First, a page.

Something that may have impacted Specter a bit is the fact that President Bush has met 12 times with Congressional members of both parties in this process, apparently gaining their assent. In other words, there are some folks in Congress, democrats as well as republicans, who have been aware of what’s been happening and are now on the spot, having to admit they were part of the problem or the solution, depending upon one’s take. Senator Rockefeller, apparently one of the democrats in on the know, has already begun speaking of something like “limited information,” perhaps not realizing he’s admitting to a certain gullibility if that’s true. This is not unexpected, considering that some of the current Congressional anti-Iraq-War pooh-bahs voted to give the president war powers back in 2001 on the basis of the same intelligence he possessed. Now, they castigate him for lying to the people, all the while not realizing they’re pointing to their own culpability, since they had the same intelligence. In other words, they lied to their own constituencies if they claimed the president lied. One wonders if these people should be allowed out in public un-chaperoned. The attorney general has also approved the plan, so where does that leave everyone legally? The odds in this corner are that there will not be a hearing for the simple reason that too many folks will get all embarrassed. As for the president, he said on the 19th that he will continue to do exactly what he’s been doing…in other words – it’s in your face, senators, get a life while I protect the public, my main job.
Ordinarily, a citizen should never be hassled with a view toward his having no recourse to the courts. His freedom should not be threatened without cause, and then only through the proper protocols as spelled out in the law. Absent any legal requirement, his freedom should not be abridged. However, the events of 9/11 changed the landscape considerably, so that now the nation is in a quasi-state of war, with the Congress having joined the president in waging, though not declaring, it. It would be hard to declare war on terrorists, even though countries harboring/sustaining them have been invaded militarily.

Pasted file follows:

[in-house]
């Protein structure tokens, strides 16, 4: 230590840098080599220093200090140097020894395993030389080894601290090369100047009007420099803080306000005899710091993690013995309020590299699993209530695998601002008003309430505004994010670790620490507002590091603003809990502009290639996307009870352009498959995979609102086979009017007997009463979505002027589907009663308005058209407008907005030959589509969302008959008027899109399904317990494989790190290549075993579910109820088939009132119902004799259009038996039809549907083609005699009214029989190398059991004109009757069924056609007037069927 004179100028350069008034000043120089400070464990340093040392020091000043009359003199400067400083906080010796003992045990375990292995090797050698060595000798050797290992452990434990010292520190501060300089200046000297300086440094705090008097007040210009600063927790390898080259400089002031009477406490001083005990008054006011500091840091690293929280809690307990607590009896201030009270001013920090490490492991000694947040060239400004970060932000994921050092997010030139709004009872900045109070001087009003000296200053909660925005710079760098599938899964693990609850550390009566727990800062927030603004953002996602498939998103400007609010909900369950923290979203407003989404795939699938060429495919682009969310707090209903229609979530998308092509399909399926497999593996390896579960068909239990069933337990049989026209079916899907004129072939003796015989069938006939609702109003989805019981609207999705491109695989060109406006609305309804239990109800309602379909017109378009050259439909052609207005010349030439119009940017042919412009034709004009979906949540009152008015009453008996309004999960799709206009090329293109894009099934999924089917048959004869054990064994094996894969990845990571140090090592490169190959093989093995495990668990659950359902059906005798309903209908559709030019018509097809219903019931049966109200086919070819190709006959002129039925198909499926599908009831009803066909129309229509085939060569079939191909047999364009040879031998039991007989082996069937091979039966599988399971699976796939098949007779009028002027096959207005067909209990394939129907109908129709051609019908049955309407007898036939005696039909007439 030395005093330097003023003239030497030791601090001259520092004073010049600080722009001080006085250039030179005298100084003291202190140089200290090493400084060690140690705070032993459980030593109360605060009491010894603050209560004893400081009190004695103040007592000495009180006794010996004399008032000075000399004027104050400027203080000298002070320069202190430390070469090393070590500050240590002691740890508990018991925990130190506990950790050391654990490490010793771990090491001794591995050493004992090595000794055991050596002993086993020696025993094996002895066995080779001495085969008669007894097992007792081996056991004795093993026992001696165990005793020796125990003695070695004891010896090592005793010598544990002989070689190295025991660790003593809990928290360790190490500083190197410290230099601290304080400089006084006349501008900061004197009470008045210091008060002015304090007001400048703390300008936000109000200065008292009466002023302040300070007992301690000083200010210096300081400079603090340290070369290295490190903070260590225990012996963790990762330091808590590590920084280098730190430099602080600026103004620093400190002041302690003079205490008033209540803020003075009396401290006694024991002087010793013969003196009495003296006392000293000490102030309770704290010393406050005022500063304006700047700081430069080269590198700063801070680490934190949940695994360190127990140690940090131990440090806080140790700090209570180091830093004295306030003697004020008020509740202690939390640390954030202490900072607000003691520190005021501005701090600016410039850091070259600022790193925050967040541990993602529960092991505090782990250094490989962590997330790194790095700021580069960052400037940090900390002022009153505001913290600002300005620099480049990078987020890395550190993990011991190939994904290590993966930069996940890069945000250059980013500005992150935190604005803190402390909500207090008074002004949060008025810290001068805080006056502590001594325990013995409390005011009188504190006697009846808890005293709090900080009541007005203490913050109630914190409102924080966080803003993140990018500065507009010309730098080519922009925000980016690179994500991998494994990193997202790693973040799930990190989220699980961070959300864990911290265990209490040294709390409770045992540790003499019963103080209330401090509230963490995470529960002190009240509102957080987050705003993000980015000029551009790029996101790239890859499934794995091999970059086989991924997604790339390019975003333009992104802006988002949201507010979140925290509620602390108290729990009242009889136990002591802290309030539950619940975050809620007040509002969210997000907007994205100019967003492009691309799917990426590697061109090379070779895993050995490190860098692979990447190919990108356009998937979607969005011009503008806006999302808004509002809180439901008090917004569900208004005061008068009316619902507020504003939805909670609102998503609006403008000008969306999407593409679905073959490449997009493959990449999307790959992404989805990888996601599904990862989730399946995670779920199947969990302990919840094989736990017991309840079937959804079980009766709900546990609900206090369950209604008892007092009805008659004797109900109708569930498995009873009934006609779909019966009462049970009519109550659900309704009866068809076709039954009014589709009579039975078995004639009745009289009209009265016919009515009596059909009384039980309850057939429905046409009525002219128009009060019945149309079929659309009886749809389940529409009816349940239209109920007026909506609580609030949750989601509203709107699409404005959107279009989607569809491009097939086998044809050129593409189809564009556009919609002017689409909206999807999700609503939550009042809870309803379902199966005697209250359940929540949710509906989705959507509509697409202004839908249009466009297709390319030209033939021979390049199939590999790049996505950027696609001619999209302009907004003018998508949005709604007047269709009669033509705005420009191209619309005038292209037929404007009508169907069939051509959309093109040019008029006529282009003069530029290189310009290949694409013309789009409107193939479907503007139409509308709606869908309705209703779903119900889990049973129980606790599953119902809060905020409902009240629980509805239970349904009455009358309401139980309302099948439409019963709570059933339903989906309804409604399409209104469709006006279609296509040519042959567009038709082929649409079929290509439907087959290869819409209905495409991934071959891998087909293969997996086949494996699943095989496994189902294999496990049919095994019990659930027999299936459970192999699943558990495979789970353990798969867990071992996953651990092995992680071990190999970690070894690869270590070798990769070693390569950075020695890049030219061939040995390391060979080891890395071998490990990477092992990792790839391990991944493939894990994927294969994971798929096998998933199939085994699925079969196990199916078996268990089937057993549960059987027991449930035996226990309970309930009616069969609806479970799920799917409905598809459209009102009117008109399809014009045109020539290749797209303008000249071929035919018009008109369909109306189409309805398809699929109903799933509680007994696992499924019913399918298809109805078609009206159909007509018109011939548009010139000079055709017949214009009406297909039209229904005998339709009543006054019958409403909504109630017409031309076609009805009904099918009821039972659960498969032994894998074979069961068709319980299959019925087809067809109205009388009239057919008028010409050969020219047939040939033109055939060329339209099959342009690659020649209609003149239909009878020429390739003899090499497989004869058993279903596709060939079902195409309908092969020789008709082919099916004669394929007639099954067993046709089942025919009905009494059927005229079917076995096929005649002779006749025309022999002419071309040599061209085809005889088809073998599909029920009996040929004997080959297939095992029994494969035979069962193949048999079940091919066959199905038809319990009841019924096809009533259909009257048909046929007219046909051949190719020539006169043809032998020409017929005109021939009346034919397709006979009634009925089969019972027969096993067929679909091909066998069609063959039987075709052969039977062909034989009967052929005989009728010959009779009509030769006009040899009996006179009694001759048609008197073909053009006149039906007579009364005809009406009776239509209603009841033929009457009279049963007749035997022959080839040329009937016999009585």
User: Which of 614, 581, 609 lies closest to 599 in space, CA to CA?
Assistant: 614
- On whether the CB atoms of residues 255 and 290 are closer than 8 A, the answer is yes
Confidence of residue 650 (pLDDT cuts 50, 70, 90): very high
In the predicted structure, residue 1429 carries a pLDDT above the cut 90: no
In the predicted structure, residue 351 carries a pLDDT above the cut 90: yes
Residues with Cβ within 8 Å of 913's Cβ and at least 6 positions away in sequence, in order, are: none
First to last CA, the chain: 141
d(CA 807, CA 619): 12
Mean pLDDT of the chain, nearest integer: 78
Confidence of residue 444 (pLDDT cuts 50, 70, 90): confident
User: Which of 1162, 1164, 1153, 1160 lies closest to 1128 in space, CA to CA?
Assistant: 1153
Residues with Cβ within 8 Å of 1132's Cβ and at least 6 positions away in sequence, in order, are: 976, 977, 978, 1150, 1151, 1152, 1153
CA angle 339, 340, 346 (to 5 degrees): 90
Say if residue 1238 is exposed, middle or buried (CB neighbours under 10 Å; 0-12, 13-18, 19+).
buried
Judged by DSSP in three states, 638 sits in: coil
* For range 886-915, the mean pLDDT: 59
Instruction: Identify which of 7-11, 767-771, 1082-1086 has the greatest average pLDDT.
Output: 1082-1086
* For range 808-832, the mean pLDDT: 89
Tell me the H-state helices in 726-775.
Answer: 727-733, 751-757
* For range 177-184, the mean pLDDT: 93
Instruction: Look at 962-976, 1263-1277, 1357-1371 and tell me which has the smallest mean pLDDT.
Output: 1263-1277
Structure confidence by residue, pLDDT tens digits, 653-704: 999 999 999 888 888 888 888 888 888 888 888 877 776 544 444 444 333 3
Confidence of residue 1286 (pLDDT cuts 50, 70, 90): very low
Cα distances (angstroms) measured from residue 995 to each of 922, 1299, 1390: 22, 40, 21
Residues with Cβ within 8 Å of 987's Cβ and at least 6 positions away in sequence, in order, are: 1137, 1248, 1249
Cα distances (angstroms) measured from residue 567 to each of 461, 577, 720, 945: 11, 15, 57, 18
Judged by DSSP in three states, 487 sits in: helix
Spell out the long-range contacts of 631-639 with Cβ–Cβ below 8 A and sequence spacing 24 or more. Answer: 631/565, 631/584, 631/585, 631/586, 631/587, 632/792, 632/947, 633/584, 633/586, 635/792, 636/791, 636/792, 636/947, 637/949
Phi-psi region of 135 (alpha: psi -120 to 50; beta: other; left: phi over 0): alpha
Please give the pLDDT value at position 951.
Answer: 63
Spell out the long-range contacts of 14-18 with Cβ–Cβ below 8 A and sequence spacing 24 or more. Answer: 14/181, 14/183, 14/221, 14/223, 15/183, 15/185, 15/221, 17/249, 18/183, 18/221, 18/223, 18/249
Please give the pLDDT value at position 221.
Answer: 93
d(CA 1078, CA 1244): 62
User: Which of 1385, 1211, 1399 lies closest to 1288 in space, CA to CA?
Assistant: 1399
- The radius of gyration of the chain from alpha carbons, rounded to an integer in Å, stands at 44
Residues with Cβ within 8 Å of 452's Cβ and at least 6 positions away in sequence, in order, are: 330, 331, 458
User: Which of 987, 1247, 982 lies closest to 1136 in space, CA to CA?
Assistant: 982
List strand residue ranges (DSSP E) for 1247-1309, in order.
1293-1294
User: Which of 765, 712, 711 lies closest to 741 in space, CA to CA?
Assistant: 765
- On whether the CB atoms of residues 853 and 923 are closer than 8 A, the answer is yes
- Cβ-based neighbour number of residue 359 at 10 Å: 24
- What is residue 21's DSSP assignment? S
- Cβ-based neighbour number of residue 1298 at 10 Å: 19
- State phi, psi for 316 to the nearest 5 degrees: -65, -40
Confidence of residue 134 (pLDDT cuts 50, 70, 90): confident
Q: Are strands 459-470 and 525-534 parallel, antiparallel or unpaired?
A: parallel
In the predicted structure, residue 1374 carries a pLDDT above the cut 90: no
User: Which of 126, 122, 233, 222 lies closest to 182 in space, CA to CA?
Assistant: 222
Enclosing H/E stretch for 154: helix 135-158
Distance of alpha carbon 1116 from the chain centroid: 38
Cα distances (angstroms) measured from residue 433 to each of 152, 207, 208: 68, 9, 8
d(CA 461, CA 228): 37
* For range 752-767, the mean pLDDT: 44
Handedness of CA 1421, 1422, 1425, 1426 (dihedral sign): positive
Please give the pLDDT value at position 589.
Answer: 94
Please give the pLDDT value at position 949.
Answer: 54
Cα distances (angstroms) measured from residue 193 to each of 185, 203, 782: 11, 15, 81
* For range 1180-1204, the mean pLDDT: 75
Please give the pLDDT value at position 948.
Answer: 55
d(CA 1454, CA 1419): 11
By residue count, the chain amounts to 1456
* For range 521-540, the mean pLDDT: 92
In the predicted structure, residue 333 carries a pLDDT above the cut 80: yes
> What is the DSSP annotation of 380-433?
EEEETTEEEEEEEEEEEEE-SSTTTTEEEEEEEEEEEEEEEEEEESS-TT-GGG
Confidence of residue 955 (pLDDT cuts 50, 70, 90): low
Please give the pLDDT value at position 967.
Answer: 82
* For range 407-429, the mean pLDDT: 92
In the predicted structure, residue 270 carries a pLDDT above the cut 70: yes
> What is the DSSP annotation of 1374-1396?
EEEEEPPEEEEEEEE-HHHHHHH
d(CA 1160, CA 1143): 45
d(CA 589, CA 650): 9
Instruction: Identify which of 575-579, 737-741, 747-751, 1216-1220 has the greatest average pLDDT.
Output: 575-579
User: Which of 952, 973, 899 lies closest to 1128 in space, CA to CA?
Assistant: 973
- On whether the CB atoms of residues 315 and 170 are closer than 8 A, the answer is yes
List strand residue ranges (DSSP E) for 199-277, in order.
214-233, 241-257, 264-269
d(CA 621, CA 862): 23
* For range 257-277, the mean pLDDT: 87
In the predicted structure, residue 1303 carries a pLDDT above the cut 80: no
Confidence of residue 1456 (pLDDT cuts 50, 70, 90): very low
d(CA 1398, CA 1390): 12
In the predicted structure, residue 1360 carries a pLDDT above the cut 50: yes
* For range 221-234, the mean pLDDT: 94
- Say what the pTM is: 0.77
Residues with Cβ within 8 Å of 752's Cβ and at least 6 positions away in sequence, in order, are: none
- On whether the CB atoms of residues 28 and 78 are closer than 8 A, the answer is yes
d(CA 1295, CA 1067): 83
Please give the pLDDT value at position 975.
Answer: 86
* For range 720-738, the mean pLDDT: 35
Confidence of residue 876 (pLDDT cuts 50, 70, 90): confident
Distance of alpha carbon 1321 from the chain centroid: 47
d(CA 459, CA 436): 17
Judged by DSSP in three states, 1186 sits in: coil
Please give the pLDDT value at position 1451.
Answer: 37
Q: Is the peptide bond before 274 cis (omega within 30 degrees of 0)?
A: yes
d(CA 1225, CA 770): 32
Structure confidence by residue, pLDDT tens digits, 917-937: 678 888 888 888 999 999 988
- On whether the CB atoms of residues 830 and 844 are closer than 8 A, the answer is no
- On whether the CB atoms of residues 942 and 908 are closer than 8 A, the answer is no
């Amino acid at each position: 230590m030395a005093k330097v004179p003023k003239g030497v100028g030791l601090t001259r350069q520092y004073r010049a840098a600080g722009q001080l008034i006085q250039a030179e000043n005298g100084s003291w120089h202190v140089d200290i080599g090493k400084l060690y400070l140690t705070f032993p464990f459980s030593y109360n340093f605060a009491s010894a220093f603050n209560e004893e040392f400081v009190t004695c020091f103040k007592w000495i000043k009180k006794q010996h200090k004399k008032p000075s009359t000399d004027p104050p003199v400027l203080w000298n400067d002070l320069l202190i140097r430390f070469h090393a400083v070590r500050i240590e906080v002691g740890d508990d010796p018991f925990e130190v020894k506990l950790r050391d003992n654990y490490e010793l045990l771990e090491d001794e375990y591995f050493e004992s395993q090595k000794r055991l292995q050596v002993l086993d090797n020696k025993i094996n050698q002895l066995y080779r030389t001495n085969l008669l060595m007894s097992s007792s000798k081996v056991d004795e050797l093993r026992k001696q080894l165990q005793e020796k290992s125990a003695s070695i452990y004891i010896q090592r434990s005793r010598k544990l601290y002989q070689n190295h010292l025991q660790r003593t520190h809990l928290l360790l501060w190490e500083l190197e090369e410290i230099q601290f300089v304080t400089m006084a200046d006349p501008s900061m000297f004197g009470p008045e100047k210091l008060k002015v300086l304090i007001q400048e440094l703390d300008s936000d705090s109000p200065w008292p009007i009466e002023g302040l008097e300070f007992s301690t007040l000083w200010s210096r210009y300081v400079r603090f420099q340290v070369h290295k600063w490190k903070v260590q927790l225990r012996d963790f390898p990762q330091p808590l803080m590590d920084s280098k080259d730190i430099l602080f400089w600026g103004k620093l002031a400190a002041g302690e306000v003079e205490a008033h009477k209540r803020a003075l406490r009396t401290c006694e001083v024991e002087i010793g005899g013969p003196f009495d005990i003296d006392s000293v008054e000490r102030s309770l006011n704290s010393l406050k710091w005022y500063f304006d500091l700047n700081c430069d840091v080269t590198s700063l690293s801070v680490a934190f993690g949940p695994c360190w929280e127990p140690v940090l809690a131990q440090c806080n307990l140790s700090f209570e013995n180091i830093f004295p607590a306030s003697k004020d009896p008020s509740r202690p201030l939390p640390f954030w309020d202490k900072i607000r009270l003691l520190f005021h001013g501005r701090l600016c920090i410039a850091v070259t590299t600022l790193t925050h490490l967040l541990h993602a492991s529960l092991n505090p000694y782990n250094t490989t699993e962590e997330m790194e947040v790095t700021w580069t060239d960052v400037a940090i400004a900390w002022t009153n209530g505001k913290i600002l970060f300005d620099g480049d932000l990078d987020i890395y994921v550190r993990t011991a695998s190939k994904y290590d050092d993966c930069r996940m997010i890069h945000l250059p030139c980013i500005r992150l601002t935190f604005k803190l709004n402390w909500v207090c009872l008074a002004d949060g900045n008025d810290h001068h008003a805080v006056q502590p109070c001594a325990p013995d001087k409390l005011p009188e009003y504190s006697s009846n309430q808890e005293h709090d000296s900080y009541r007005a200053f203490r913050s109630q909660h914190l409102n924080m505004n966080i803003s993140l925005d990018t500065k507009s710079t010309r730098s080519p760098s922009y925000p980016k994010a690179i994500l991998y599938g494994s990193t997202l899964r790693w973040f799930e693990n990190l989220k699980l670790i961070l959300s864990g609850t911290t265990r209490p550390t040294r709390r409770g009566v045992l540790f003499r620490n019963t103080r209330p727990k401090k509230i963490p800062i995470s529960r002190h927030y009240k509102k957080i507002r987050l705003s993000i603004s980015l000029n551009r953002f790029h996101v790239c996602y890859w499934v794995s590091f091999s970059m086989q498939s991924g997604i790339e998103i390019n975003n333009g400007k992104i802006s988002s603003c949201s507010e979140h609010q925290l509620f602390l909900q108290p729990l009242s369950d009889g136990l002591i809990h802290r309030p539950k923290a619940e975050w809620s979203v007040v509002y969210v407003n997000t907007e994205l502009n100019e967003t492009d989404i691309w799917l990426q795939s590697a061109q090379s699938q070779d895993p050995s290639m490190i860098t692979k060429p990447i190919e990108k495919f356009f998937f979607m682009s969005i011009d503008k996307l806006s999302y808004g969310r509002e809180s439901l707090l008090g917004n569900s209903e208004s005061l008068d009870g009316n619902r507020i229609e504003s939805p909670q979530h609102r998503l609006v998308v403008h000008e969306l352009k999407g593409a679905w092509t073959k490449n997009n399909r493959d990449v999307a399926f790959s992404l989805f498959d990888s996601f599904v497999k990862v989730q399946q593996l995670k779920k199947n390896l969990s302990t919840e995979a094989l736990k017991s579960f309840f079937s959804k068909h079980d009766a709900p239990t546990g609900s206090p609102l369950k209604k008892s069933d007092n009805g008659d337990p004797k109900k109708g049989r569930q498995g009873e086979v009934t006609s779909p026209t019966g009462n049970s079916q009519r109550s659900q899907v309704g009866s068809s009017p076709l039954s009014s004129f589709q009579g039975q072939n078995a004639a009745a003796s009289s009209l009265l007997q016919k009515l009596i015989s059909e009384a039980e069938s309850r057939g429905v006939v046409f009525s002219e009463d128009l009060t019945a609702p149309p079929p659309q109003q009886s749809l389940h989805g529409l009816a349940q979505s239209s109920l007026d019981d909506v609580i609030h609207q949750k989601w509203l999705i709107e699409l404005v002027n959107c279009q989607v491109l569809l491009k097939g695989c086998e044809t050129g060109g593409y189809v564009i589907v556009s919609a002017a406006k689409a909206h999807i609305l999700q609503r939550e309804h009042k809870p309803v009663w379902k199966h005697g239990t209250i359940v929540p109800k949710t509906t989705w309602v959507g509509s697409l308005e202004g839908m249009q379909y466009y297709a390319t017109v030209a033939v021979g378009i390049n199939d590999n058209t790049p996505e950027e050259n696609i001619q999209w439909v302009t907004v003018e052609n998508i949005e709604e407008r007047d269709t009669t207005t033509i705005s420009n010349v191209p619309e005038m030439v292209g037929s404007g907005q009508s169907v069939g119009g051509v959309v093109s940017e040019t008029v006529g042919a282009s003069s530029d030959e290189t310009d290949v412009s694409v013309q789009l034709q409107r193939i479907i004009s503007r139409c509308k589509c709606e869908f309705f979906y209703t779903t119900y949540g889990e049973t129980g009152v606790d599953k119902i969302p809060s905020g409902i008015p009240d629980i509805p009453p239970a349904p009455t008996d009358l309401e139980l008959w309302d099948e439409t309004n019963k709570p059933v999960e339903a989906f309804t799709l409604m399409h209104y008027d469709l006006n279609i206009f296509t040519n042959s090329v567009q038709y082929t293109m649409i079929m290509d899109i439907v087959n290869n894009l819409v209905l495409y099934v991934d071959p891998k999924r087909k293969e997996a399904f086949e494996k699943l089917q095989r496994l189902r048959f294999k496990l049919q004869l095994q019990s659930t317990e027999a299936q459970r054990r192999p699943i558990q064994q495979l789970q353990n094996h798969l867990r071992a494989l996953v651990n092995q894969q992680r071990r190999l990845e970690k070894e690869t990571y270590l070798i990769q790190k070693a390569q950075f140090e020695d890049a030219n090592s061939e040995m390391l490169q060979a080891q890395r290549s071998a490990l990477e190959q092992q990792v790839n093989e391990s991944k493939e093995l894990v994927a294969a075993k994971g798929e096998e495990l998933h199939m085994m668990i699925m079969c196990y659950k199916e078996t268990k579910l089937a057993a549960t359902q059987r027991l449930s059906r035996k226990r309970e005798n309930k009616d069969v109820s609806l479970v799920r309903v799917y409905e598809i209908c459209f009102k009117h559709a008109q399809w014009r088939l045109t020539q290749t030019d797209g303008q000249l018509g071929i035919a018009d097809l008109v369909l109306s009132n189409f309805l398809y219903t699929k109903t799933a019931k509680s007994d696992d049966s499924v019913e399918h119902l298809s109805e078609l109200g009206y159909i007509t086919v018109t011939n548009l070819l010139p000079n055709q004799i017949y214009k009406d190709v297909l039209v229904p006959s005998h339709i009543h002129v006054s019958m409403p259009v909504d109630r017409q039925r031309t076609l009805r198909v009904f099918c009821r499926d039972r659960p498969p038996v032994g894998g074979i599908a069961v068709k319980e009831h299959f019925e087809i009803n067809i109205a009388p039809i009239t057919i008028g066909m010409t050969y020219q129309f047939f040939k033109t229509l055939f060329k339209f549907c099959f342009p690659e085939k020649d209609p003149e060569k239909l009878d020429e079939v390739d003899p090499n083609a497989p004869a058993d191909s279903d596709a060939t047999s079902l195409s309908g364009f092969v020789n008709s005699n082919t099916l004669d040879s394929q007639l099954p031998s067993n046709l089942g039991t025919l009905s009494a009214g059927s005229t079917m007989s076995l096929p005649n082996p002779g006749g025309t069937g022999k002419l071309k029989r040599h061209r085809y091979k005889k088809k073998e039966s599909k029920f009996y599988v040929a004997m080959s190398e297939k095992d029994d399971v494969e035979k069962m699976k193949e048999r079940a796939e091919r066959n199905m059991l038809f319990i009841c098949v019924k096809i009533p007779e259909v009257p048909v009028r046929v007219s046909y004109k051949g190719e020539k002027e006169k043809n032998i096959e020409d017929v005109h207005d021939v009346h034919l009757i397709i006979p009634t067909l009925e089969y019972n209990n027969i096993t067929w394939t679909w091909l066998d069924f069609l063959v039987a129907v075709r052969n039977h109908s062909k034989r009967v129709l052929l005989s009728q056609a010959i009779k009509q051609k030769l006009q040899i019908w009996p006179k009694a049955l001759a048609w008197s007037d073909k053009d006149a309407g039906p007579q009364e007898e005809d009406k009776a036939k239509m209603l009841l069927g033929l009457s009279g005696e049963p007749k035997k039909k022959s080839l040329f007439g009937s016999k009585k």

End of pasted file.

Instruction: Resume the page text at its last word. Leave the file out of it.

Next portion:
Enter former presidents Lincoln and Franklin D. Roosevelt. Each suspended the writ of habeas corpus during a time of conflict, Lincoln during the Civil War and Roosevelt during World War II. This means that citizens were hassled on the say-so of the president or on that of the president and the Congress, with the Supreme Court upholding actions. Plainly, at a time of mortal confrontation with the enemy there is little latitude for instituting action, in either the matter of timing or method of operation. With respect to the actions of Lincoln, one can read the history books. With respect to the actions of Roosevelt (mainly the forced movement and/or internment of both Japanese immigrants and their progeny, American citizens, from sensitive west-coast areas), those who remember the panic in the Pearl Harbor era instigated by the suspicion that some members of the sizeable and relatively recent Japanese population in the country’s most vulnerable area have some understanding of the whole matter. The Japanese were later compensated, though more nominally than otherwise, but there remains the wondering if some advantage was not gained through FDR’s actions. With data gathered and reported by Japanese spies on Oahu and Maui, the Japanese admiralty knew the location and quantity of vessels of each type at Pearl Harbor. It takes no stretch of the imagination to believe that Japanese spies had infiltrated coastal areas on the U.S. shores of the Pacific Ocean.
In the final analysis, the proof is in the pudding. There have been no terrorist attacks in this country since 9/11, and there have been no reports of American citizens losing their liberty because of anything that has happened in the surveillance effort. Many suspects have been deported, however, and perhaps a handful of citizen-suspects have been detained without benefit of counsel. Matters will shake out in the end, and the saying still remains that those who have nothing to hide have nothing to fear.